What Dentist Appointments Look Like in the Age of COVID-19
Before dental offices can reopen, they need an effective way to test patients
Yesterday, the American Dental Association called on the Trump administration and the Department of Health and Human Services to establish a framework for dentistries to test patients for COVID-19 once they reopen. Their concerns are entirely valid; a bubble chart published by The New York Times over a month ago identified dentists, dental assistants and dental hygienists as the three most at-risk professions during a pandemic, due to their day-to-day exposure to diseases and physical proximity to people.
Before most dental offices can begin scheduling regular appointments again, they need to effectively determine whether potential patients are asymptomatic. Dentists use instruments that can create aerosol clouds of germs which linger for up to three hours. The risk is real — and with increased fear following warnings and models of a “second wave” of coronavirus — any sort of reopening needs to be approached with extreme caution.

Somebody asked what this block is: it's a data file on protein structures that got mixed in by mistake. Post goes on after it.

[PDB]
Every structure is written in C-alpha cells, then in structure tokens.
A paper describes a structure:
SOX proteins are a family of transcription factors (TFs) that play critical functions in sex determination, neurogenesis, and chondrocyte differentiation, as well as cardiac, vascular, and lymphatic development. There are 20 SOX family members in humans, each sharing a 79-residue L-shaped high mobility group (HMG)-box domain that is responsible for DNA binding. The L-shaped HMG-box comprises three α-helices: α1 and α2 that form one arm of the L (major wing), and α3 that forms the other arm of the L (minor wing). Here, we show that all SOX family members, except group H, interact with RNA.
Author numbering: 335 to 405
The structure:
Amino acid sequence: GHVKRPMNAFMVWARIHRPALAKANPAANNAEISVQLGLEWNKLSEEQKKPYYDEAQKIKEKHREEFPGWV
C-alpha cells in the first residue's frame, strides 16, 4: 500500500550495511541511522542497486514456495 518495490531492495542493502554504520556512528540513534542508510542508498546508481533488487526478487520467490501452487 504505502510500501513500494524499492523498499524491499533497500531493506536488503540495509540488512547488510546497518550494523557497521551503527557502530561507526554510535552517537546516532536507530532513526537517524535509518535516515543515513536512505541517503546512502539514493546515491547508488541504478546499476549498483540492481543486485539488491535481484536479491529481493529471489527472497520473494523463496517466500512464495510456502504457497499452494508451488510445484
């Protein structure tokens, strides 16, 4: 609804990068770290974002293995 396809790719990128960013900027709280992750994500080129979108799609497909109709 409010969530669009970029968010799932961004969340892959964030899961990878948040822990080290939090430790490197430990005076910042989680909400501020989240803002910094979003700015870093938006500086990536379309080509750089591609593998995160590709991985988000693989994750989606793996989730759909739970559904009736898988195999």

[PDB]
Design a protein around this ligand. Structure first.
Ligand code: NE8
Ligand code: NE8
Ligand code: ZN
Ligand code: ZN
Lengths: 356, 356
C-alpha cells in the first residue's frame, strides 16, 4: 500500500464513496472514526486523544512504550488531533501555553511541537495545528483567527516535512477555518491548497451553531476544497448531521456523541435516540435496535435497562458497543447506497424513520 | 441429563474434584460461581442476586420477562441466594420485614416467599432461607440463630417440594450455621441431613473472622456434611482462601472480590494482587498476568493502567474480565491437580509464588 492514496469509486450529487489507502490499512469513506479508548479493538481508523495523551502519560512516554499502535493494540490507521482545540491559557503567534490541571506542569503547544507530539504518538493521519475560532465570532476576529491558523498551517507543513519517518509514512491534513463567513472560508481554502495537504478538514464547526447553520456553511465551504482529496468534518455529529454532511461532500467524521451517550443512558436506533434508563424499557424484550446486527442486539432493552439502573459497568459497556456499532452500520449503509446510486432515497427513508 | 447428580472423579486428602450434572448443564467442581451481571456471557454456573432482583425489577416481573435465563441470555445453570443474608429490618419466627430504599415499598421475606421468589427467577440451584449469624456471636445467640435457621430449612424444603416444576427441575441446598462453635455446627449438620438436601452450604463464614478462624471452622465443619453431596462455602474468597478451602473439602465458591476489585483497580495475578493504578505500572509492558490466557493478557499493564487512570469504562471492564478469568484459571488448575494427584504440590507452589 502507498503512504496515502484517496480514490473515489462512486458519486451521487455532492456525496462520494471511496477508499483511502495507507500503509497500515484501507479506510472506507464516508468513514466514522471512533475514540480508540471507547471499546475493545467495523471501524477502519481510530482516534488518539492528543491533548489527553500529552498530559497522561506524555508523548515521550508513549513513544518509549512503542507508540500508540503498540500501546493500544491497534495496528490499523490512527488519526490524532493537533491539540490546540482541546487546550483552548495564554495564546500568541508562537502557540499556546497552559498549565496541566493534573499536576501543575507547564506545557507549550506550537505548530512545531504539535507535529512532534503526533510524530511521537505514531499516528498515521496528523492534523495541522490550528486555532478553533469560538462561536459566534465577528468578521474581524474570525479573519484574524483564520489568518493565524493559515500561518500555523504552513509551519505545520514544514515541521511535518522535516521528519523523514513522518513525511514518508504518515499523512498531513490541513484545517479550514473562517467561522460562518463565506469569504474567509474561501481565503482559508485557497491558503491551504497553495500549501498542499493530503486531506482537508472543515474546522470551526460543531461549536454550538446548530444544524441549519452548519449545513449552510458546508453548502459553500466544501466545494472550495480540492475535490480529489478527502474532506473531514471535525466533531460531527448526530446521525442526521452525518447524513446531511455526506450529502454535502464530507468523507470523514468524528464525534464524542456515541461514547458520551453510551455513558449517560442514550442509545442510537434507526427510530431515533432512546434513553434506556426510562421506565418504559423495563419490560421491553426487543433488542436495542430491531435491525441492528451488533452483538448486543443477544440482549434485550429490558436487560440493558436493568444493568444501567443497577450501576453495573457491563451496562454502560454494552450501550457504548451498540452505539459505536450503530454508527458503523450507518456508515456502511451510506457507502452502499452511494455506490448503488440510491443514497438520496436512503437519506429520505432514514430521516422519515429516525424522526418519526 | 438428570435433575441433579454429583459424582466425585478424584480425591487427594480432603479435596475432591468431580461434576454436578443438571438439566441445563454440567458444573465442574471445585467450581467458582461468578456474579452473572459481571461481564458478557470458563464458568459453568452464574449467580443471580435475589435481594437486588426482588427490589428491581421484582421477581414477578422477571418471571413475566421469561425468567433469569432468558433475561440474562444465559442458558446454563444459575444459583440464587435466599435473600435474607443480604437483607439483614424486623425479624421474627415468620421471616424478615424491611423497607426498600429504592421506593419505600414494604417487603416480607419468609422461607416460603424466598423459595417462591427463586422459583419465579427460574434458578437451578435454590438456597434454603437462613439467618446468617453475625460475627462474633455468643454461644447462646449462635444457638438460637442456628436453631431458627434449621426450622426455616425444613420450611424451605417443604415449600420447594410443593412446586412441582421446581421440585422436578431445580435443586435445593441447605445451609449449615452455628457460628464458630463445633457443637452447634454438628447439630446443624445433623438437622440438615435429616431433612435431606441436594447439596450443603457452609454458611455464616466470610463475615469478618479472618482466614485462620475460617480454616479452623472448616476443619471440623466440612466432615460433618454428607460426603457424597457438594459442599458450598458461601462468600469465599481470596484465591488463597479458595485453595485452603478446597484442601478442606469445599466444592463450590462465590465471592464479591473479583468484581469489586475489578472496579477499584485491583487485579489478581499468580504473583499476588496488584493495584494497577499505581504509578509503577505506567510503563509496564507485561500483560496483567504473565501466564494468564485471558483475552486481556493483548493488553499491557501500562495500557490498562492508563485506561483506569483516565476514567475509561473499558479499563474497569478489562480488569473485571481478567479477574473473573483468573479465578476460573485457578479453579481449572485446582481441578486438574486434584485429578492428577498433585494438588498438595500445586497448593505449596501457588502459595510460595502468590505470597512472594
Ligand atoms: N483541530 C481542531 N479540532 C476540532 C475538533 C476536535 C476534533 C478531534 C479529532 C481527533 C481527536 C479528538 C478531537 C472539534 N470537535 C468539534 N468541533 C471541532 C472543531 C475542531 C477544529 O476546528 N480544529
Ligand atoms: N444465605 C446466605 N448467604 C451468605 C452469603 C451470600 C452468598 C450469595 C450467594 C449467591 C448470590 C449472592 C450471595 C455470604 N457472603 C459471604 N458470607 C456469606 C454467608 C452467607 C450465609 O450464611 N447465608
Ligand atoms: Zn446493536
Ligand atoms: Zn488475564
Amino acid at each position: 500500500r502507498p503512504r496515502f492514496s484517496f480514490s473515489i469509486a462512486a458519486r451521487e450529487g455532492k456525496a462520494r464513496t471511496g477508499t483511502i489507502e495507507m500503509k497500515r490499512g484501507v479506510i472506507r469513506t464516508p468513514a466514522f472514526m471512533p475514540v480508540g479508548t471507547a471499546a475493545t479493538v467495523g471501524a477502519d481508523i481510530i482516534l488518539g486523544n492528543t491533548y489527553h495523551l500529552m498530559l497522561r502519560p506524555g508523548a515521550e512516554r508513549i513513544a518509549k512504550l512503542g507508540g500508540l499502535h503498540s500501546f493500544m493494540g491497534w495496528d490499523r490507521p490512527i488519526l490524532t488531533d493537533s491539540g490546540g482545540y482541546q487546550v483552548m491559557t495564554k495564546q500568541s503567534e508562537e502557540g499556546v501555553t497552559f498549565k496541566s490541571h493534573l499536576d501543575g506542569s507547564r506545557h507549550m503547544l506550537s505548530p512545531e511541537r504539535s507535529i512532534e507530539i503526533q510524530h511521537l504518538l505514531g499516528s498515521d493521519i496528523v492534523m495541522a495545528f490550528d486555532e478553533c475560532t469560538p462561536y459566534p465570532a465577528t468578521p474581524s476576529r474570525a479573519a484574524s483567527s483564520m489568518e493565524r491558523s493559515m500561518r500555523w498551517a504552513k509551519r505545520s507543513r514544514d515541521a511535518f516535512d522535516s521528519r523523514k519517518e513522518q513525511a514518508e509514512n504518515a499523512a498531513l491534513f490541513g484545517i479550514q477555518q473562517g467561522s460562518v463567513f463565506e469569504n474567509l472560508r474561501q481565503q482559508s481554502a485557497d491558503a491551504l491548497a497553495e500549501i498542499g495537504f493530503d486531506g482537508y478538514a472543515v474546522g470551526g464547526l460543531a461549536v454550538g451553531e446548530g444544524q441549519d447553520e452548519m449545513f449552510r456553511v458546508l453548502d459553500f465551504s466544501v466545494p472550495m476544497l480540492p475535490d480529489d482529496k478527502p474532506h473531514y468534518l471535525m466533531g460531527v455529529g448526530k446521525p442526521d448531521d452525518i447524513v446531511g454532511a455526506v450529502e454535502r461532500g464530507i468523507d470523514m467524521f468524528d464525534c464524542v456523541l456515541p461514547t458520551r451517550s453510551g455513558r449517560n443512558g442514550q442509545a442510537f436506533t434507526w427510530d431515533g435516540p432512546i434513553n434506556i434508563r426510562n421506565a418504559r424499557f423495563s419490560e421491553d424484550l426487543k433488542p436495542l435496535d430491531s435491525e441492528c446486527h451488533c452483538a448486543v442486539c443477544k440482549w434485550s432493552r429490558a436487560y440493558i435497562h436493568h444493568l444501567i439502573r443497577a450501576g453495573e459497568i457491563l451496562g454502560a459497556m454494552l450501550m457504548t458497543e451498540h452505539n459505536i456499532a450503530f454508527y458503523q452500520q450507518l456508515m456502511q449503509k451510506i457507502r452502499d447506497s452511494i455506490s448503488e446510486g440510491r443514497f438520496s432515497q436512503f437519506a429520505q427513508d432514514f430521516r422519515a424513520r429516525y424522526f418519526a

What, though, of dentistries right now? Are they completely closed, waiting for further mandate? Not exactly. According to a recent profile in The Wall Street Journal, certain offices are open for only select, approved procedures, including: addressing severe tooth or crown decay, oral surgery for infections, and emergency denture work. Dr. Phil Cai’s practice in McLean, Virginia, for instance, has seen a 90 percent decrease in business but has adapted admirably to the new rules; patients who come in for emergency work are greeted by a doctor with full gloves and a N95 mask, and brought to a room with a filtration system.
Dr. Cai’s job is simple: help mitigate the pain, whatever it is, and send people on their way. He encourages his guests to return once the quarantine ends, for cosmetic repair like a crown or filling. The whole operation is small — he’s only open for two hours a day — but it crucially keeps chipped-tooth accidents from sending people to the hospital emergency room, which has more pressing concerns at the moment. Dr. Cai, for his part, has kept busy by designing N95 protective masks from a 3D printing machine which usually plots dental implant guides. He’s distributed over 1,000.
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